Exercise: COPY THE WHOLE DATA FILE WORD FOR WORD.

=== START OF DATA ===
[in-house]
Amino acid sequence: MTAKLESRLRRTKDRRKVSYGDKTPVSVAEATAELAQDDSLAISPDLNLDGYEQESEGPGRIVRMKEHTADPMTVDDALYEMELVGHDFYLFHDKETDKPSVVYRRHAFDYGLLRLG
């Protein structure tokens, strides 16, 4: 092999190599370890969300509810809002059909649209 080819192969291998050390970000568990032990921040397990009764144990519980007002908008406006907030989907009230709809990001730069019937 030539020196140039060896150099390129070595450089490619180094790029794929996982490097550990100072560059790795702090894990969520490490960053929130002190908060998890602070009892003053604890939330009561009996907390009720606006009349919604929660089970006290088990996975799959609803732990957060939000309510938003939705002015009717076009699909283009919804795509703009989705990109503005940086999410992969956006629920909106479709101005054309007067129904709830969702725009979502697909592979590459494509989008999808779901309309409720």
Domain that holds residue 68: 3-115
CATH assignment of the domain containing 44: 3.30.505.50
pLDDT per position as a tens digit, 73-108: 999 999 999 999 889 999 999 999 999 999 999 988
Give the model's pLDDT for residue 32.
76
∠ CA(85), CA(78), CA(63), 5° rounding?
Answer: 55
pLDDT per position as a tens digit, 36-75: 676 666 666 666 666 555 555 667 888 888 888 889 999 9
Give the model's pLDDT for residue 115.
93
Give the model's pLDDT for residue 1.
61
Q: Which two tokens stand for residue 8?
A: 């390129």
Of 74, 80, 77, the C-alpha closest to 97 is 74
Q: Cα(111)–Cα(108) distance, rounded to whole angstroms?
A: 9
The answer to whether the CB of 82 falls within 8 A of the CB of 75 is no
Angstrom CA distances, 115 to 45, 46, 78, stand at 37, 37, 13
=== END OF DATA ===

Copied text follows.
[in-house]
Amino acid sequence: MTAKLESRLRRTKDRRKVSYGDKTPVSVAEATAELAQDDSLAISPDLNLDGYEQESEGPGRIVRMKEHTADPMTVDDALYEMELVGHDFYLFHDKETDKPSVVYRRHAFDYGLLRLG
């Protein structure tokens, strides 16, 4: 092999190599370890969300509810809002059909649209 080819192969291998050390970000568990032990921040397990009764144990519980007002908008406006907030989907009230709809990001730069019937 030539020196140039060896150099390129070595450089490619180094790029794929996982490097550990100072560059790795702090894990969520490490960053929130002190908060998890602070009892003053604890939330009561009996907390009720606006009349919604929660089970006290088990996975799959609803732990957060939000309510938003939705002015009717076009699909283009919804795509703009989705990109503005940086999410992969956006629920909106479709101005054309007067129904709830969702725009979502697909592979590459494509989008999808779901309309409720």
Domain that holds residue 68: 3-115
CATH assignment of the domain containing 44: 3.30.505.50
pLDDT per position as a tens digit, 73-108: 999 999 999 999 889 999 999 999 999 999 999 988
Give the model's pLDDT for residue 32.
76
∠ CA(85), CA(78), CA(63), 5° rounding?
Answer: 55
pLDDT per position as a tens digit, 36-75: 676 666 666 666 666 555 555 667 888 888 888 889 999 9
Give the model's pLDDT for residue 115.
93
Give the model's pLDDT for residue 1.
61
Q: Which two tokens stand for residue 8?
A: 């390129």
Of 74, 80, 77, the C-alpha closest to 97 is 74
Q: Cα(111)–Cα(108) distance, rounded to whole angstroms?
A: 9
The answer to whether the CB of 82 falls within 8 A of the CB of 75 is no
Angstrom CA distances, 115 to 45, 46, 78, stand at 37, 37, 13